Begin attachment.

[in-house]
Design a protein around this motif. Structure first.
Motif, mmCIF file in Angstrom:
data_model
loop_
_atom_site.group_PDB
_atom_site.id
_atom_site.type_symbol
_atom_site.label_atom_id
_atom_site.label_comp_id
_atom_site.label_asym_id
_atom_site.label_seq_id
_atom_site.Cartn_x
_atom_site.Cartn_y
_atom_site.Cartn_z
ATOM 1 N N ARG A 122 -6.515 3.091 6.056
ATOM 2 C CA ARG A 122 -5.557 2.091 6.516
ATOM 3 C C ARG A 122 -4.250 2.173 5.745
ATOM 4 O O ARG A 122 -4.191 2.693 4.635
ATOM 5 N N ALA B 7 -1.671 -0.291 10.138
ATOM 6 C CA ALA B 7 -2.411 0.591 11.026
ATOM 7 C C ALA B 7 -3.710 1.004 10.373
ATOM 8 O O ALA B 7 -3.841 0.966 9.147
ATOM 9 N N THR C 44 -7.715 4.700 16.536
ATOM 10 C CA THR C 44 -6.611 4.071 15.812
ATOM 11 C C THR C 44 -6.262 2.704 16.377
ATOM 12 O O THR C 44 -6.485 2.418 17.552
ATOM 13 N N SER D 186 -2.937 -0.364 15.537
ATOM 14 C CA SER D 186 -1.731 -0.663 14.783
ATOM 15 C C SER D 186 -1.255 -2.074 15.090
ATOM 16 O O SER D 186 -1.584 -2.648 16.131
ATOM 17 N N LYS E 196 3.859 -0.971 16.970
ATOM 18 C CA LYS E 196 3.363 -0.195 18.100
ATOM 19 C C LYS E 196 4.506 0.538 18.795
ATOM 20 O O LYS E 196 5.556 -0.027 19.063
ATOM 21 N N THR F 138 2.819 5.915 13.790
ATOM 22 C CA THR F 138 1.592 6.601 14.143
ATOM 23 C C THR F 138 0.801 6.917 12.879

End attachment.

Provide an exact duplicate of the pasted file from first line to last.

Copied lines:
[in-house]
Design a protein around this motif. Structure first.
Motif, mmCIF file in Angstrom:
data_model
loop_
_atom_site.group_PDB
_atom_site.id
_atom_site.type_symbol
_atom_site.label_atom_id
_atom_site.label_comp_id
_atom_site.label_asym_id
_atom_site.label_seq_id
_atom_site.Cartn_x
_atom_site.Cartn_y
_atom_site.Cartn_z
ATOM 1 N N ARG A 122 -6.515 3.091 6.056
ATOM 2 C CA ARG A 122 -5.557 2.091 6.516
ATOM 3 C C ARG A 122 -4.250 2.173 5.745
ATOM 4 O O ARG A 122 -4.191 2.693 4.635
ATOM 5 N N ALA B 7 -1.671 -0.291 10.138
ATOM 6 C CA ALA B 7 -2.411 0.591 11.026
ATOM 7 C C ALA B 7 -3.710 1.004 10.373
ATOM 8 O O ALA B 7 -3.841 0.966 9.147
ATOM 9 N N THR C 44 -7.715 4.700 16.536
ATOM 10 C CA THR C 44 -6.611 4.071 15.812
ATOM 11 C C THR C 44 -6.262 2.704 16.377
ATOM 12 O O THR C 44 -6.485 2.418 17.552
ATOM 13 N N SER D 186 -2.937 -0.364 15.537
ATOM 14 C CA SER D 186 -1.731 -0.663 14.783
ATOM 15 C C SER D 186 -1.255 -2.074 15.090
ATOM 16 O O SER D 186 -1.584 -2.648 16.131
ATOM 17 N N LYS E 196 3.859 -0.971 16.970
ATOM 18 C CA LYS E 196 3.363 -0.195 18.100
ATOM 19 C C LYS E 196 4.506 0.538 18.795
ATOM 20 O O LYS E 196 5.556 -0.027 19.063
ATOM 21 N N THR F 138 2.819 5.915 13.790
ATOM 22 C CA THR F 138 1.592 6.601 14.143
ATOM 23 C C THR F 138 0.801 6.917 12.879